Pulito – Featuring DFlex

Over the summer we installed hardwood flooring – which needs constant sweeping and cleaning .    What to do…  What to do…  Well, most of us would just sweep it, right?  Some of us might even go buy a Roomba.  But, then again, some of us build something to do it for them.  Why?  Because we can…

Pulito (Italian for ‘clean’) is simply put, a sweeper robot. Much like a Swiffer and Roomba combined.  The intent was to build a robot that could navigate around sweeping hard surface floors, stay away from carpeted areas,  make its way under our couches and seek out a docking station when the battery runs low.



After I had success with my challenge to build a 1″x1″x1″ NanoBot, I wanted to try my luck at something a little larger. MicroBot measures approx 2″x2″x1.5″ and uses the same Atmel microcontroller and battery (see N anoBot details). The body was custom made from a larger piece of 4mm white PVC. MicroBot gets its’ senses from 3 front mounted ProxDots (IR units) and a bottom mounted IR unit (for line following). This gives MicroBot the ability to detect left, center and right objects and to react accordingly. The drive motors are self contained units pulled from some old LS120 laptop disk drives. The motors are used to eject the disk so they have a great amount of torque for their size.



While waiting for the NXT system to come out, I decided to try my luck at making tiny robots. While Googling, I stumbled across a Yahoo newsgroup for NanoBots based on the MegaBitty controller. I have always been interested in making compact Lego robots, but for obvious reasons, they can only be so small. So, I decided to try my luck and NanoBots. Although I am not sure of the exact definition of a NanoBot, I believe it has specific maximum size limits for competition which is approx. 1 inch cubed (1x1x1). This is my first venture into non-Lego robots. NanoBot uses a variety of pico-sized components including:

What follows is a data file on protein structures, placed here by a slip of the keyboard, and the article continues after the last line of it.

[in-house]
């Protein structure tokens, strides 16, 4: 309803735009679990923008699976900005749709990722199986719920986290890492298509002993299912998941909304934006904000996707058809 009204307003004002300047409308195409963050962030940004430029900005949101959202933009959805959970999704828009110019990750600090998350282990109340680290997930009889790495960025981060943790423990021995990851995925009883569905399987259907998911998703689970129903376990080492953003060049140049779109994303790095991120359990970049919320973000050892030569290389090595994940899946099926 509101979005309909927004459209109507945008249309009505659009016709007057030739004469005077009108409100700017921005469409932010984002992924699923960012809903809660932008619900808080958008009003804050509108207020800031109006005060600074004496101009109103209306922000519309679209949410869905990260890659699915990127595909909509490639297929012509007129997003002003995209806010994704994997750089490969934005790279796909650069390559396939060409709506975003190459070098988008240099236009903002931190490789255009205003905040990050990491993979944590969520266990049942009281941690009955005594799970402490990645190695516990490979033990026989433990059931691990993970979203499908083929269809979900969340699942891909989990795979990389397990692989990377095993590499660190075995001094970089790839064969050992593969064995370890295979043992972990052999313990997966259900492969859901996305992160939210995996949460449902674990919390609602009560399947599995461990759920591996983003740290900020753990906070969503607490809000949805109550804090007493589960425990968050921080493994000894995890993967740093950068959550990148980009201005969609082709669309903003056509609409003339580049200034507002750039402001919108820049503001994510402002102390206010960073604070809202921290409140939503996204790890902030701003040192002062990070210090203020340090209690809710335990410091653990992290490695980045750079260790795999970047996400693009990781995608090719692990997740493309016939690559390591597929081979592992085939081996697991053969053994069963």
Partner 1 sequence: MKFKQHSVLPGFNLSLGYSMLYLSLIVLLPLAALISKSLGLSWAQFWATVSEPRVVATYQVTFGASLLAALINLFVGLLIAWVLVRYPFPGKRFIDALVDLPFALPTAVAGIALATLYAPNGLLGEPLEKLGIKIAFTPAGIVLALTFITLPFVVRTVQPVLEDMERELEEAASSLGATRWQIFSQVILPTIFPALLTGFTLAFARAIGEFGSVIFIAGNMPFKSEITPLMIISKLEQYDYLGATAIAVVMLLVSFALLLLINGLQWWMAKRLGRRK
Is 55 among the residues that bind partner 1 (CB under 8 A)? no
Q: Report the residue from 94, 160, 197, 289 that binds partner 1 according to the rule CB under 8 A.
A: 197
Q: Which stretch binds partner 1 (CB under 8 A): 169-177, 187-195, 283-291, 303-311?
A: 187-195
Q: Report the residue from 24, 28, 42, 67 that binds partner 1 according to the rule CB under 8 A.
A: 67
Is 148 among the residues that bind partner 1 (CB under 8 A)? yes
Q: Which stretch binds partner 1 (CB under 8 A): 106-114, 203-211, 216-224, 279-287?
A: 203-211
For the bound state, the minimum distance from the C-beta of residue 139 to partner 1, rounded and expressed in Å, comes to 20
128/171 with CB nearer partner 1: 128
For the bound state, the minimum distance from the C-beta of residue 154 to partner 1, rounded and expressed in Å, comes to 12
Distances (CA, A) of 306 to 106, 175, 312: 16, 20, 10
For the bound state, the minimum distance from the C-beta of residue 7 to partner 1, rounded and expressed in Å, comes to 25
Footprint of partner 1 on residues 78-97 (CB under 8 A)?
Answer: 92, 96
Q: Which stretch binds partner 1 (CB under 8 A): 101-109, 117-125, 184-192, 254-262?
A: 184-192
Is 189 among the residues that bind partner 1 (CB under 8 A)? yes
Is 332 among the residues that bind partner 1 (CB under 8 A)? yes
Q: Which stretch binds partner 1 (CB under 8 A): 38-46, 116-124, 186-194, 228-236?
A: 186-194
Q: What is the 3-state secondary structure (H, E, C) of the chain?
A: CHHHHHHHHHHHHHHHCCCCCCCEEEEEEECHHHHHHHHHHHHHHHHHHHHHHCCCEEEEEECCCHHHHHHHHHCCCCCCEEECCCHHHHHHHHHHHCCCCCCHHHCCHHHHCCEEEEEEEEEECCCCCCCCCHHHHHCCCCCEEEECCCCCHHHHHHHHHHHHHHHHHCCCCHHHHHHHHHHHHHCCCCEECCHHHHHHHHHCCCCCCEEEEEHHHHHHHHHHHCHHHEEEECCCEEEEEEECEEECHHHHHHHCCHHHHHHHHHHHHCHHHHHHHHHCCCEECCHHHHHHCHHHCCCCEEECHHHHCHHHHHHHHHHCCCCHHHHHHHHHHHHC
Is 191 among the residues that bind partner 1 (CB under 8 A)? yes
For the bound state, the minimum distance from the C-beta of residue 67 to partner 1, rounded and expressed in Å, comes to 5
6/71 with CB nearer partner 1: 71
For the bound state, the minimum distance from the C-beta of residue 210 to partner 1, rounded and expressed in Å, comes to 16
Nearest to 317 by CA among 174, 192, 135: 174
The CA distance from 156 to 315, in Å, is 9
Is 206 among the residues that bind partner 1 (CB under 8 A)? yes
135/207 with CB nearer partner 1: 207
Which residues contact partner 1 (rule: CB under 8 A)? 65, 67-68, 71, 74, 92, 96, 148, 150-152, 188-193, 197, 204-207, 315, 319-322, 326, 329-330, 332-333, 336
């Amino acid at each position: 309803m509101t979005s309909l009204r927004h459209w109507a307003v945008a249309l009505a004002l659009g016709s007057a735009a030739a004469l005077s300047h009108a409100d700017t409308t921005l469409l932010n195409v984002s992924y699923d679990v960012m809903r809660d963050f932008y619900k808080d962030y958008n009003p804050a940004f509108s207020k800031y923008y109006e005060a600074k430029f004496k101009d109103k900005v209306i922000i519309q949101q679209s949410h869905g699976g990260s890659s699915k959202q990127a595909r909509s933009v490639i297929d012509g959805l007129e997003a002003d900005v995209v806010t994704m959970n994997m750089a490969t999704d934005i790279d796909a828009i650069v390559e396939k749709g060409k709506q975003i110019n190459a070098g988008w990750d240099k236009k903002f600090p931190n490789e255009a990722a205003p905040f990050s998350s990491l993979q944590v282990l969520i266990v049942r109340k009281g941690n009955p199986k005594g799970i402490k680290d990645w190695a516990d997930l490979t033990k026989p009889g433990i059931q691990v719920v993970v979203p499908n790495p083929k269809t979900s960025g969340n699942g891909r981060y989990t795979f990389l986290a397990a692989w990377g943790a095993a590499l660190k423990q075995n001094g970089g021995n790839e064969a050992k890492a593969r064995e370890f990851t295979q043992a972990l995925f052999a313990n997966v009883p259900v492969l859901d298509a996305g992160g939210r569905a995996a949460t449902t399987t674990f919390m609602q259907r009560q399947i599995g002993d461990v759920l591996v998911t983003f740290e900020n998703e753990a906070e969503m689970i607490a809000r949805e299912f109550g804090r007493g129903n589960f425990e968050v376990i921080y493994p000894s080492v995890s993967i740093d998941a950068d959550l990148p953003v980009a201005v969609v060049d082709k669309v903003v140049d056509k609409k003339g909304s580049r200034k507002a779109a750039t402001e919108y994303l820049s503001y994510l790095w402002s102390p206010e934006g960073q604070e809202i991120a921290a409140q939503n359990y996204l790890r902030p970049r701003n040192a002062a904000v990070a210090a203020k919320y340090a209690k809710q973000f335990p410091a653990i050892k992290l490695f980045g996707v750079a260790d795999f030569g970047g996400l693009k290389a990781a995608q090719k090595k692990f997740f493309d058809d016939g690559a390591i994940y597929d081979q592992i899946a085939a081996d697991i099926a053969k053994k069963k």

• Atmel Mega 8 Microcontroller
  • 2 GWS Micro Servos – hacked into the gearbox below.
  • A 3.5V IPOD Shuffle battery unit w/built-in charger.
  • CJH line and object sensing base and front circuit (uses SMT components)
  • None other than Lego minfig wheels

Some of the key electronic components used on NanoBot are:

  • AtMega8P main CPU (IC AVR MCU 8K 16MHZ COM 32-TQFP – ATMEGA8-16AC)
  • Photointerrupter Line sensor (x2) 424-1096-5-ND
  • All caps, resistors, LED’s are surface mount technology (SMT)



The BluBot was designed in part to meet some of the challenges that have been discussed on R.T.L etc.. The idea is this:
The BluBot will move around an arena in a random manner until the light sensor detects a yellow ball (reading 44-50).
If the ball is not yellow, BluBot will backup, turn and continue. If it is yellow, BluBot will drive forward to collect the ball. Once the balls have been picked up, BluBot sets out to seek the black line around the arena. Once it is found, BluBot starts a line-following algorithm. Once the main drop-off is reached the kicker will engage and dispense the balls into the holding area. The method in which this is done can be better seen below.



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